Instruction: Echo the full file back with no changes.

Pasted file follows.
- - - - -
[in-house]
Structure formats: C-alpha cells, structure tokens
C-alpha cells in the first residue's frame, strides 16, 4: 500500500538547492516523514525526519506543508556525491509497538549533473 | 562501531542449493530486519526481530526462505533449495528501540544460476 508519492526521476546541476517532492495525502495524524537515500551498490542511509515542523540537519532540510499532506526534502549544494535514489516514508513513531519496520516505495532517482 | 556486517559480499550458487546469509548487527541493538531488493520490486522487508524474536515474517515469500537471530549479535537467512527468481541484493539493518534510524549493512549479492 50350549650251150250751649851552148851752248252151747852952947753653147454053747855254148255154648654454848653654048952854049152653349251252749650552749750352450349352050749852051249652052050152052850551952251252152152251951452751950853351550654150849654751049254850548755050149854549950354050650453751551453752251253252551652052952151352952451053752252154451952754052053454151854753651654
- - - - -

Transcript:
[in-house]
Structure formats: C-alpha cells, structure tokens
C-alpha cells in the first residue's frame, strides 16, 4: 500500500538547492516523514525526519506543508556525491509497538549533473 | 562501531542449493530486519526481530526462505533449495528501540544460476 508519492526521476546541476517532492495525502495524524537515500551498490542511509515542523540537519532540510499532506526534502549544494535514489516514508513513531519496520516505495532517482 | 556486517559480499550458487546469509548487527541493538531488493520490486522487508524474536515474517515469500537471530549479535537467512527468481541484493539493518534510524549493512549479492 50350549650251150250751649851552148851752248252151747852952947753653147454053747855254148255154648654454848653654048952854049152653349251252749650552749750352450349352050749852051249652052050152052850551952251252152152251951452751950853351550654150849654751049254850548755050149854549950354050650453751551453752251253252551652052952151352952451053752252154451952754052053454151854753651654